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Childhood Bone Disorders

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Children often have a lot of energy, and it can get them into trouble sometimes. It is not uncommon for them to fall in the midst of an activity and break a bone. What isless common is an actual bone disorder. There are a few somewhat common childhood bone disorders: vitamin D deficiency, rickets, recurrent fractures, osteogenesis imperfecta (brittle bones), and osteoporosis, just to name a few. Though they may have similar symptoms, each disorder is slightly different and requires its own specific diagnosis and treatment. The following is an overview of some well-known bone disorders that can affect children.

Vitamin D Deficiency

Vitamin D is an essential nutrient found in some natural foods like fish and egg yolks, but it is also made by skin that's exposed to sunlight. Vitamin D is important because it works with calcium to form and maintain bone. Without vitamin D, calcium would not be absorbed and bones would weaken, and that is exactly what happens with vitamin D deficiency.

Vitamin D deficiency results in subtle symptoms of bone pain or muscle weakness. The deficiency can be caused by a strict vegan diet, not getting enough sunlight, dark skin, obesity, or certain medical problems that affect the digestive tract's ability to absorb vitamin D from food. The disorder is simply treated by increasing vitamin D in the body through diet, supplements, and exposure to sunlight.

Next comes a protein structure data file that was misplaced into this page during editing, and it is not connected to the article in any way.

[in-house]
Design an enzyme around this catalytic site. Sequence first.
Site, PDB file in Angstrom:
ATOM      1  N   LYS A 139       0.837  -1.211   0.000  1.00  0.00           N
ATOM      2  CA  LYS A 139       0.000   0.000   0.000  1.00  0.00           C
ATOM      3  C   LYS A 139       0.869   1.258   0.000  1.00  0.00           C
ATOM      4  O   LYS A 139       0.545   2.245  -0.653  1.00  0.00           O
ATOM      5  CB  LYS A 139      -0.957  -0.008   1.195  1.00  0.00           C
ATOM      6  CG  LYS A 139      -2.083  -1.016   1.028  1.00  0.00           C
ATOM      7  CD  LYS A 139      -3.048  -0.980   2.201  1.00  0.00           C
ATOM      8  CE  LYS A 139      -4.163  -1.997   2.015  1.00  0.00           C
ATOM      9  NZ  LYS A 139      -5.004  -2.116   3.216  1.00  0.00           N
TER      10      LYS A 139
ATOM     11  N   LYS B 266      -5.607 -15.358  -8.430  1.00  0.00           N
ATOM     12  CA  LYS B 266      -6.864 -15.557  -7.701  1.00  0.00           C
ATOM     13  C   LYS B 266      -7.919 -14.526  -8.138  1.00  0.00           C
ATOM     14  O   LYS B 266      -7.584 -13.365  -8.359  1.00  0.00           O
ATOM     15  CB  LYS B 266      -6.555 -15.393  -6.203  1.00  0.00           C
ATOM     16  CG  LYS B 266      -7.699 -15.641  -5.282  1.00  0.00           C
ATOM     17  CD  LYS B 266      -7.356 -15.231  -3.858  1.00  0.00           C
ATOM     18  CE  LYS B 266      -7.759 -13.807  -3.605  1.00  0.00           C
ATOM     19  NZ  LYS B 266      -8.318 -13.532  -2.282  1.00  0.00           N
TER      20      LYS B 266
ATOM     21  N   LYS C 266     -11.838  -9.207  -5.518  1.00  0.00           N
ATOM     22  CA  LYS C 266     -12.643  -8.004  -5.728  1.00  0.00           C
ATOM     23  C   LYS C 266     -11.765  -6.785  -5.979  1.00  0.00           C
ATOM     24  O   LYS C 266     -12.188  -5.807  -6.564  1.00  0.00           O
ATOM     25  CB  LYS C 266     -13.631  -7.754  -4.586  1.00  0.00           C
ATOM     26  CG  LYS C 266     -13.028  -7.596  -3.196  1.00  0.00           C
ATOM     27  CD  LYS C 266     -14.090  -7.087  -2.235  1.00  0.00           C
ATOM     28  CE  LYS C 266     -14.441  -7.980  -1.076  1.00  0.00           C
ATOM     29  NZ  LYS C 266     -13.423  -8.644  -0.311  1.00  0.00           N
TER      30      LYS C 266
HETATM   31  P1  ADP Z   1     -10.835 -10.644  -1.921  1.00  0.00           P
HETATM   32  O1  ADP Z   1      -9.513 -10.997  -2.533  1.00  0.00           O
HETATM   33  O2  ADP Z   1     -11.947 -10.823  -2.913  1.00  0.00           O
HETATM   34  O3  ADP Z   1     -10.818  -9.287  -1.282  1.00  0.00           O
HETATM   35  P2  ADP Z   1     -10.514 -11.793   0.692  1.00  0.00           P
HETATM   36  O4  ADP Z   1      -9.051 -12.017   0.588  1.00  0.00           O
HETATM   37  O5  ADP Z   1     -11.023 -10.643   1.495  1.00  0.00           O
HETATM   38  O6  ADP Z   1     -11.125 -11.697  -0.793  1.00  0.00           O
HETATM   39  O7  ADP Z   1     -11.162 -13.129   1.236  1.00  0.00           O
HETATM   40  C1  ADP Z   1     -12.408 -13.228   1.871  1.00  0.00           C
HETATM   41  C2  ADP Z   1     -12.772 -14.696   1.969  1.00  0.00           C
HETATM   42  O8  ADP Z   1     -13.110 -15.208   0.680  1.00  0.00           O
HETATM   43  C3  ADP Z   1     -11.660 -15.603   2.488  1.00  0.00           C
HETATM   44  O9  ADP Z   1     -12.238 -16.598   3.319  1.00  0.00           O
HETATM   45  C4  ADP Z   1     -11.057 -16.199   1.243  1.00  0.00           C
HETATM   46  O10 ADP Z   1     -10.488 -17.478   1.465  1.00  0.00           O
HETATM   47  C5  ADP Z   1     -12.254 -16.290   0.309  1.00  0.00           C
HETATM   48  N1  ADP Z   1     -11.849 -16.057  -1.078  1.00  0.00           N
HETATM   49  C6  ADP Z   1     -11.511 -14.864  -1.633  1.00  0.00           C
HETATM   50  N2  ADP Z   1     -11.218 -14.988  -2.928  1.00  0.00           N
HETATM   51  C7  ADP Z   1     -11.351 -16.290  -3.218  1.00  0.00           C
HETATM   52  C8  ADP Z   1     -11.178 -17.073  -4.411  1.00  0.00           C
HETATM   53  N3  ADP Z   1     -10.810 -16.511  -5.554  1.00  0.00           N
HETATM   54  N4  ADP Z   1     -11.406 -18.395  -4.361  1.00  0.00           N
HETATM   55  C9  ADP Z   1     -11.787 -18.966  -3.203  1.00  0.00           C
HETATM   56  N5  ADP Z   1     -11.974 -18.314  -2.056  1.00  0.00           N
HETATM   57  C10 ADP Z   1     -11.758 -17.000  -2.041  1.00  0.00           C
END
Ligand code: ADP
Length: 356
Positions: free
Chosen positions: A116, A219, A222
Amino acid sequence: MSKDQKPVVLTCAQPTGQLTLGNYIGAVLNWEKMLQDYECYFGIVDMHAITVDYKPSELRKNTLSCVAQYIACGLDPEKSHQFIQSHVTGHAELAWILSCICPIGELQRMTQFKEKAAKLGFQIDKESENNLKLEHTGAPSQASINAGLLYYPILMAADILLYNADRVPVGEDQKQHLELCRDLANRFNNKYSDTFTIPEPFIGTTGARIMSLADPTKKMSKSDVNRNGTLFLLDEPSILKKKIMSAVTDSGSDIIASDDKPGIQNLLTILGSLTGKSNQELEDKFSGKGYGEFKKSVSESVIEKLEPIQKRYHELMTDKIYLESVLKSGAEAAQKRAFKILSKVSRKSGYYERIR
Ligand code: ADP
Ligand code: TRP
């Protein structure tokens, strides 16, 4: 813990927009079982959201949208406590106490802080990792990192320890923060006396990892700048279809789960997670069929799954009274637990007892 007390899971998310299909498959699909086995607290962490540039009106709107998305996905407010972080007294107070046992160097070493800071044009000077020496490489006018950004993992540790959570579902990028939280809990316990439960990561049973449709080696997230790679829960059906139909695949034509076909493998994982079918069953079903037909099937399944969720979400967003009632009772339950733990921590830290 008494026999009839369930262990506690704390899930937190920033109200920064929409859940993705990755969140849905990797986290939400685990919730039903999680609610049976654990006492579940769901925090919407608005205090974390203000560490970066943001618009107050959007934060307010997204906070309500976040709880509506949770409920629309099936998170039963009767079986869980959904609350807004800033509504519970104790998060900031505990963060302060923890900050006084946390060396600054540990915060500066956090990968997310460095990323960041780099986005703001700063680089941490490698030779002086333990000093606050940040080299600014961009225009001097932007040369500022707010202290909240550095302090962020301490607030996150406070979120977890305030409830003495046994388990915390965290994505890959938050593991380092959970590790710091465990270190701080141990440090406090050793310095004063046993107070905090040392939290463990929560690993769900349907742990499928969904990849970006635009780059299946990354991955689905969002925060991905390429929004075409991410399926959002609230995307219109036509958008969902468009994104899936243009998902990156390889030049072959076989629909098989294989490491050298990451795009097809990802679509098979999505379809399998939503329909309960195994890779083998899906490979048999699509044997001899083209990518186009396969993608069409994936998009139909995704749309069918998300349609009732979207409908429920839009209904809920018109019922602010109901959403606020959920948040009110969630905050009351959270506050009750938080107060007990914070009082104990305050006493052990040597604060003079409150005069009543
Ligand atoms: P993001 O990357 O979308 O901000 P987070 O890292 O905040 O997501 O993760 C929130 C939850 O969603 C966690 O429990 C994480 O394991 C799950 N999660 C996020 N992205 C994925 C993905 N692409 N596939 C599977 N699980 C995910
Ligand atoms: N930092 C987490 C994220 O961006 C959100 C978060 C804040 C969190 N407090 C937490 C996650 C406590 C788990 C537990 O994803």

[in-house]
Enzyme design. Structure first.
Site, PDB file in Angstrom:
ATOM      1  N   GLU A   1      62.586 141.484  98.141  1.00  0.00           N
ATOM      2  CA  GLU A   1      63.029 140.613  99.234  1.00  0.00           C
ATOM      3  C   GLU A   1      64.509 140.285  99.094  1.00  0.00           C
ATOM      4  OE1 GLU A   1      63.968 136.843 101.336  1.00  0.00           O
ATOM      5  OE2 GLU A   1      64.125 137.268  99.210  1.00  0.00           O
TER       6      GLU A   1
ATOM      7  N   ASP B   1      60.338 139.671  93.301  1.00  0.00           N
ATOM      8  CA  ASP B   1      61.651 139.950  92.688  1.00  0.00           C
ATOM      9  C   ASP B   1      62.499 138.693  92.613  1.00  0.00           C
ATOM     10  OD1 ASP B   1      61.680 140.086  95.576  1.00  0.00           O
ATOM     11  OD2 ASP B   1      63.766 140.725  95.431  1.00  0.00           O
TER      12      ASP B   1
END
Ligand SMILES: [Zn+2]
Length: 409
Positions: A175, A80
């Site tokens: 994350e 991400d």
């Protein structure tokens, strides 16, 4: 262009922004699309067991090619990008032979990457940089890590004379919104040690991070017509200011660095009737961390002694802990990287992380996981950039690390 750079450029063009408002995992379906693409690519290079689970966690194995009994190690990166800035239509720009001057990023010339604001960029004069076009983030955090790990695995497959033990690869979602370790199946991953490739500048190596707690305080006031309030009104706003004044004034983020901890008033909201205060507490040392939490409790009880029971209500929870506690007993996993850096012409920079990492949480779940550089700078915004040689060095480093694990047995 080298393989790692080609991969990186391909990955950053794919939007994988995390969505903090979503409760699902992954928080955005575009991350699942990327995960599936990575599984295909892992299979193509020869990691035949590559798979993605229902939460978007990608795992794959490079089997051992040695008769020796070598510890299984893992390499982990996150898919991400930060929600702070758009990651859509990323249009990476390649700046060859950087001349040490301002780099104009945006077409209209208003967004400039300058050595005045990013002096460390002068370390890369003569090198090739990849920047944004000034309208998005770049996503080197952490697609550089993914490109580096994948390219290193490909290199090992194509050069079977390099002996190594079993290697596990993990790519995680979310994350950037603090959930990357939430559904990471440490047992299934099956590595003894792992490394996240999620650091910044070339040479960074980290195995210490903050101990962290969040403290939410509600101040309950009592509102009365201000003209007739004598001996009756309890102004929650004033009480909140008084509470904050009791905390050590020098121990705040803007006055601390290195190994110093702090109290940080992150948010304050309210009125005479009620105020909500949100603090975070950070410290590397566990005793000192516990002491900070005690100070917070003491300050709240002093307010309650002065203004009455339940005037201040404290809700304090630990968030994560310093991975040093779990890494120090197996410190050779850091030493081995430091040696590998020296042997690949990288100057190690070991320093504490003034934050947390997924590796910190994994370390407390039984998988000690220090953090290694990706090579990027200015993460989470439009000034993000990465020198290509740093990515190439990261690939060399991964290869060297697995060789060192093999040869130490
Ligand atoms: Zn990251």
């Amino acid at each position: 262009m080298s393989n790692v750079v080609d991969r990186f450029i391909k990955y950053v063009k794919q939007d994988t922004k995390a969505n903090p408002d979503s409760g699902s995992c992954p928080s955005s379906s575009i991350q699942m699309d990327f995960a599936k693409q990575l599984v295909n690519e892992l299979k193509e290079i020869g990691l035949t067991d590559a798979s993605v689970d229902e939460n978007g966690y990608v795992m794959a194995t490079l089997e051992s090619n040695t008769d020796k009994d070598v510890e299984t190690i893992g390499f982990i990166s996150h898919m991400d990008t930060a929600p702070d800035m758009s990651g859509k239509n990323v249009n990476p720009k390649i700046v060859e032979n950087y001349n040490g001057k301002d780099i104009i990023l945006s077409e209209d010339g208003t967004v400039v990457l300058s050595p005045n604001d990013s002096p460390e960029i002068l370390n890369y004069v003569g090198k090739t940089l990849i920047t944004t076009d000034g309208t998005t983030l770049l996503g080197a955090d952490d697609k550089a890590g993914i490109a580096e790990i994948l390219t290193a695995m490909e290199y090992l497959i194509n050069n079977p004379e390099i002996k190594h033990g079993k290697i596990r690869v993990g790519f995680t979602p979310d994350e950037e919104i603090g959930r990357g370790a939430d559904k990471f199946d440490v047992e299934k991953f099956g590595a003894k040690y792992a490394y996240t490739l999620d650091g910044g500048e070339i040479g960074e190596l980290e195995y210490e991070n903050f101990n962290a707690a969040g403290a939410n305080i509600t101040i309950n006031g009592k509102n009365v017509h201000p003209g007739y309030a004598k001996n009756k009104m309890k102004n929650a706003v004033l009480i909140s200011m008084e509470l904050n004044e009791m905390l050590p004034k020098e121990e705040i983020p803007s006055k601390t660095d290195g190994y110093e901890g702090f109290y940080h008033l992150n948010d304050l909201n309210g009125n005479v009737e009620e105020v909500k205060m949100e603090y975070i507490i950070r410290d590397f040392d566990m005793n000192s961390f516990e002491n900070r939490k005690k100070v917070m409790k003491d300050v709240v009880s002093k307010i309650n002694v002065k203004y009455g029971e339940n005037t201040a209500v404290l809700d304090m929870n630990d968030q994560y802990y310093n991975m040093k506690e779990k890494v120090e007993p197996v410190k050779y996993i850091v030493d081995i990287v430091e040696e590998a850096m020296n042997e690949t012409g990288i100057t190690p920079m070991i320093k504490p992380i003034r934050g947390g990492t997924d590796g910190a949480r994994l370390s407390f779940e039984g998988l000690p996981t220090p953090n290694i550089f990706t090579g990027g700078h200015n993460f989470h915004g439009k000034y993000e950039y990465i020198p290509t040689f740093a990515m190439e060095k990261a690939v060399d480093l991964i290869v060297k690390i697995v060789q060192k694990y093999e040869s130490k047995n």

Rickets is a rare disorder most commonly seen in children ages 6-24 months. It results in the softening of bones due to a lack of calcium, vitamin D, phosphate, or a combination of the three. However, vitamin D deficiency is the most common cause. Exclusively breastfed infants are especially prone to rickets since breastmilk is not a good source of vitamin D. There are other causes of rickets that are not related to vitamin D deficiency. Hereditary rickets is different in that it affects phosphate levels the kidneys cannot maintain the mineral. Other kidney disorders can also cause rickets.

Symptoms of rickets include loss of muscle tone, delayed tooth development or dental deformities, bone pain, muscle cramps, and skeletal deformities such as bowlegs and scoliosis. The treatment corrects the cause. Replenishing the nutrient that was lacking and causing the disorder should eliminate most symptoms. However, in the case of skeletal deformities, braces or surgery may be needed to correct the symptoms. Luckily, if the child is young, the outlook is very good. As long as the rickets is corrected while the child is still growing, any skeletal, deformities will likely not be permanent and may improve with time.

Recurrent Fractures

Recurrent fractures may be the result of other bone disorders, and they are especially problematic in children. One study found that children who sustain multiple fractures have lower bone mass than children who have not experienced fractures. Unfortunately, recurrent fractures are often a result of child abuse, but in a fair amount of cases, other bone disorders are the cause. Children with recurrent fractures should be tested for disorders that could contribute to the fractures, such as rickets, osteomyelitis, copper deficiency, and osteogenesis imperfecta. If one of these disorders is found to be the cause, it is a simple matter of treating that specific condition, and hopefully, then the fractures will become less frequent. It is important to recognize recurrent fractures and their causes early in childhood before the fractures result in permanent damage and bone loss.